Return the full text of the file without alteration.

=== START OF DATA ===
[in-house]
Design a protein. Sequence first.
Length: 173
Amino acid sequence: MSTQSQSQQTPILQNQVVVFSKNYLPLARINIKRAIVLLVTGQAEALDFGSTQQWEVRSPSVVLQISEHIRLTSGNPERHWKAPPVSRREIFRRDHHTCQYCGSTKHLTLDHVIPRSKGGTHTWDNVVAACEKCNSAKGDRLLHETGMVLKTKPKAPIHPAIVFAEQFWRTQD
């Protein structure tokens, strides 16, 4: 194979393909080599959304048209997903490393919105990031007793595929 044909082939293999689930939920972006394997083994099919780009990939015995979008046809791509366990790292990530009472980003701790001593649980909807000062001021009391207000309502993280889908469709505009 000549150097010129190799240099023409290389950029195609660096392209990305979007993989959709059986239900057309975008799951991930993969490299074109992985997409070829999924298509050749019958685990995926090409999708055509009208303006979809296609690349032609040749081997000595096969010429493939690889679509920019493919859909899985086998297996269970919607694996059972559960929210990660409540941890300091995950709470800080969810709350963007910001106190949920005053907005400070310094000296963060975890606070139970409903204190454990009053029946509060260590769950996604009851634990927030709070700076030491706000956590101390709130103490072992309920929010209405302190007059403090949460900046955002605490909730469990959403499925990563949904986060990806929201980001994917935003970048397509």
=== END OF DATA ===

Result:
[in-house]
Design a protein. Sequence first.
Length: 173
Amino acid sequence: MSTQSQSQQTPILQNQVVVFSKNYLPLARINIKRAIVLLVTGQAEALDFGSTQQWEVRSPSVVLQISEHIRLTSGNPERHWKAPPVSRREIFRRDHHTCQYCGSTKHLTLDHVIPRSKGGTHTWDNVVAACEKCNSAKGDRLLHETGMVLKTKPKAPIHPAIVFAEQFWRTQD
């Protein structure tokens, strides 16, 4: 194979393909080599959304048209997903490393919105990031007793595929 044909082939293999689930939920972006394997083994099919780009990939015995979008046809791509366990790292990530009472980003701790001593649980909807000062001021009391207000309502993280889908469709505009 000549150097010129190799240099023409290389950029195609660096392209990305979007993989959709059986239900057309975008799951991930993969490299074109992985997409070829999924298509050749019958685990995926090409999708055509009208303006979809296609690349032609040749081997000595096969010429493939690889679509920019493919859909899985086998297996269970919607694996059972559960929210990660409540941890300091995950709470800080969810709350963007910001106190949920005053907005400070310094000296963060975890606070139970409903204190454990009053029946509060260590769950996604009851634990927030709070700076030491706000956590101390709130103490072992309920929010209405302190007059403090949460900046955002605490909730469990959403499925990563949904986060990806929201980001994917935003970048397509």